Emma Brockes interviews Joan Didion in the Guardian on the back of her compelling memoir The Year of Magical Thinking, an account of how she managed to get through the grief-drenched year after her husband John Gregory Dunne and 39 year-old daughter Quintana both died.

I read The Year of Magical Thinking last week and was very moved by it. There was a lightness to it that I liked a great deal and, despite the heartwrenching subject matter, the book rarely succumbs to sentimentality. Didion's writing is powerful and measured. And there is a real intelligence to it. She seems to recognise in pacing her story out, in placing her memories as a narrative within the covers of a book, that she is already doing violence to what happened to her. She repeats, time and again, the precise times and dates on which the awful events of her year happened, as if forcing onto her story a shape she both knows it never had and yet will gain via its retelling. And knowing how contradictory that is. She says that she "had to write [her] way out of" the pain of that year, but she knows, too, that writing her year down changes the year she had.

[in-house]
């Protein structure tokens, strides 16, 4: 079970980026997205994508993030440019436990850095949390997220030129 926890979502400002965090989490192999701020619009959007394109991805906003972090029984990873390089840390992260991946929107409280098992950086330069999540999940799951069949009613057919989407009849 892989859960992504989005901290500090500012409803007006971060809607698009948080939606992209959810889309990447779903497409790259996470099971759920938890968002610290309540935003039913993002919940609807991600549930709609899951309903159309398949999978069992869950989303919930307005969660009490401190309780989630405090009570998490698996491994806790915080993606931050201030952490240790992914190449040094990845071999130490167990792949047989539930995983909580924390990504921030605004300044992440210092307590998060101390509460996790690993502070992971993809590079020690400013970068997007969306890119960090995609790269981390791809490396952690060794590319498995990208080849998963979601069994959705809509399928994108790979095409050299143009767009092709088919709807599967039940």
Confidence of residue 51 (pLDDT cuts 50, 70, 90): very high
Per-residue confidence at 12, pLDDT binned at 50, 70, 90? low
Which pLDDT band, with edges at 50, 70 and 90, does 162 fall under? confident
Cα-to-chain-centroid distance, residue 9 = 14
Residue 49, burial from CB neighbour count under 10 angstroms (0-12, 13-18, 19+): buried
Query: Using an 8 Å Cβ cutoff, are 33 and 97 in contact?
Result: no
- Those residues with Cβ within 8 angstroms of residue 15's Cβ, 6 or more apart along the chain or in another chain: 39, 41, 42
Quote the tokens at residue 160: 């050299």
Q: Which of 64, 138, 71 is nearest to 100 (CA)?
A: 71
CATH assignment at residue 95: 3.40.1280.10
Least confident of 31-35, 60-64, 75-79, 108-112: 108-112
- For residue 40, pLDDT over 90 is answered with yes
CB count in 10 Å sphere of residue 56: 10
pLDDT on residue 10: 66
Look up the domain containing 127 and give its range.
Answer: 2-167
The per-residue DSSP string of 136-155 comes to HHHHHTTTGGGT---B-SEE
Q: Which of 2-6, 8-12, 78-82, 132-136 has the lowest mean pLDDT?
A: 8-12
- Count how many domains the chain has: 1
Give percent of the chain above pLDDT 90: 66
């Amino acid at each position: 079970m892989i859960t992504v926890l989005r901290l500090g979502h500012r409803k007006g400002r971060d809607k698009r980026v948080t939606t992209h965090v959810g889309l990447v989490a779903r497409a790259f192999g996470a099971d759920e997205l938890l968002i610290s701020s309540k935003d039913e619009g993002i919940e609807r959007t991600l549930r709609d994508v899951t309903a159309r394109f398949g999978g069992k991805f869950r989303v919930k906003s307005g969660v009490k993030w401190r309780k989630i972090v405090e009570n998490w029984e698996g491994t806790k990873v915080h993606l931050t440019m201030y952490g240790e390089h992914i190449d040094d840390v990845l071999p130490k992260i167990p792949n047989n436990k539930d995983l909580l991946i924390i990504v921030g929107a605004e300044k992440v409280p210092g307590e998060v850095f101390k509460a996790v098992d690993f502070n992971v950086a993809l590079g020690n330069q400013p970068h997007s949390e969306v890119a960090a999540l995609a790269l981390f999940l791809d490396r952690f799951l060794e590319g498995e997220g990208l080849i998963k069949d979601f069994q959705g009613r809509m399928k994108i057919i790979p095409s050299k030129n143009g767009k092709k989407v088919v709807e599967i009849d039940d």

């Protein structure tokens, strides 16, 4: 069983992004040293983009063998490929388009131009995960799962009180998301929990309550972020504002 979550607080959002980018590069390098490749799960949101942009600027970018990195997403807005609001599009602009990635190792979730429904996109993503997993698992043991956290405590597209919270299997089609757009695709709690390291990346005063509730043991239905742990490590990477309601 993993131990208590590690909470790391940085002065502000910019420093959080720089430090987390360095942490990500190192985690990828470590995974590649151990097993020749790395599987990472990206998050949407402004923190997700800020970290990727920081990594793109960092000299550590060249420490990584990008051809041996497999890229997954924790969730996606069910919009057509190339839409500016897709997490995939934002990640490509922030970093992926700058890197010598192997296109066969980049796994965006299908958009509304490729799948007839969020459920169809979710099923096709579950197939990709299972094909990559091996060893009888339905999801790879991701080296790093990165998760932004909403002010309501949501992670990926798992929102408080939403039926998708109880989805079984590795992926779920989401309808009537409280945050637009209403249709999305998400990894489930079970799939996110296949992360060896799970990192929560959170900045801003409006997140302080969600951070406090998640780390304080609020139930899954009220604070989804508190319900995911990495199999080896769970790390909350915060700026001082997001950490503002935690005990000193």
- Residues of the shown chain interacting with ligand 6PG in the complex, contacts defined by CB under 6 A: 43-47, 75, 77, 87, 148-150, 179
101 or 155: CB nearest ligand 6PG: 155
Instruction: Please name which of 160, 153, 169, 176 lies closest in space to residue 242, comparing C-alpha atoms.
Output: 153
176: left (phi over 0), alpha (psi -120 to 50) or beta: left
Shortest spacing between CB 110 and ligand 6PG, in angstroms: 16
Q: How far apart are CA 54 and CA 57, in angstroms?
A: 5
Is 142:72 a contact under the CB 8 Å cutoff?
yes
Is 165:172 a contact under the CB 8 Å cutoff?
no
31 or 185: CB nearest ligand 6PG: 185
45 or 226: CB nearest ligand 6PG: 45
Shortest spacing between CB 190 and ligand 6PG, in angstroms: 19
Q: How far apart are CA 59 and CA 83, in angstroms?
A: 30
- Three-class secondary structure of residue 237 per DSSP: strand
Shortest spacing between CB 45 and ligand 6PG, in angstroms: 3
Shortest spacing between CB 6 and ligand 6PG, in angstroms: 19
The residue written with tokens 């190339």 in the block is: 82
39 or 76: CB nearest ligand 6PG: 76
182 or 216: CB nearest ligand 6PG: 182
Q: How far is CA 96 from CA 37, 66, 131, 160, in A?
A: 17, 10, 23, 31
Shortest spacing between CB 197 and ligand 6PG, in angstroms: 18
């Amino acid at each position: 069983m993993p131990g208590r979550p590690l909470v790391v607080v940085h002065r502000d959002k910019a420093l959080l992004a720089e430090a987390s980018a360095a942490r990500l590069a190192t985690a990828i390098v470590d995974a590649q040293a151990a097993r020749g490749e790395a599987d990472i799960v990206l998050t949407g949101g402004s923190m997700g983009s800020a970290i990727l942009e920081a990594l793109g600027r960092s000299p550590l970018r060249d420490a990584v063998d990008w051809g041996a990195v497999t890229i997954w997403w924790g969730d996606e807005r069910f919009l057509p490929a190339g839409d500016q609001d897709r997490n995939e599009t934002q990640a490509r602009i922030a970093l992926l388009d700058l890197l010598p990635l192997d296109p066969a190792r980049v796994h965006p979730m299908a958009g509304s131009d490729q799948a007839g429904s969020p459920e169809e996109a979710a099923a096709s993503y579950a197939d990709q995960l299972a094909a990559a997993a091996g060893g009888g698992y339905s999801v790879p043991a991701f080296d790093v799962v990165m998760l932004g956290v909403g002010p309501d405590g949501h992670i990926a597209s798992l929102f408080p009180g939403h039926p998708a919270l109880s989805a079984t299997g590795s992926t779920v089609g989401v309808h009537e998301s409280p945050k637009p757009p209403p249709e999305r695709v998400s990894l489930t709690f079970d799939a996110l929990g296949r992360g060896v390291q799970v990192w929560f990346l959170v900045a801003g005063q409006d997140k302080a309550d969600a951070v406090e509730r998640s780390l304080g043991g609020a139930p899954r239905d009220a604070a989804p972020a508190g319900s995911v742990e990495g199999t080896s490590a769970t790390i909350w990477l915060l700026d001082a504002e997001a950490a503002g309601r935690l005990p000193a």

Readers Comments

  1. "The Year of Magical Thinking"
    I just finished the book; Ms. Didion recalls dates, remarks and places with stunning accuracy. That alone tells the depth of her grief. I didn't find it sad instead I found it stark. Once in a great awhile, she allowed true grieving to surface.
    I don't think it was her intention, but in parts she came across as a bit of a name dropper.
    She is a lady in control––she'll recover.
    Constance Scott

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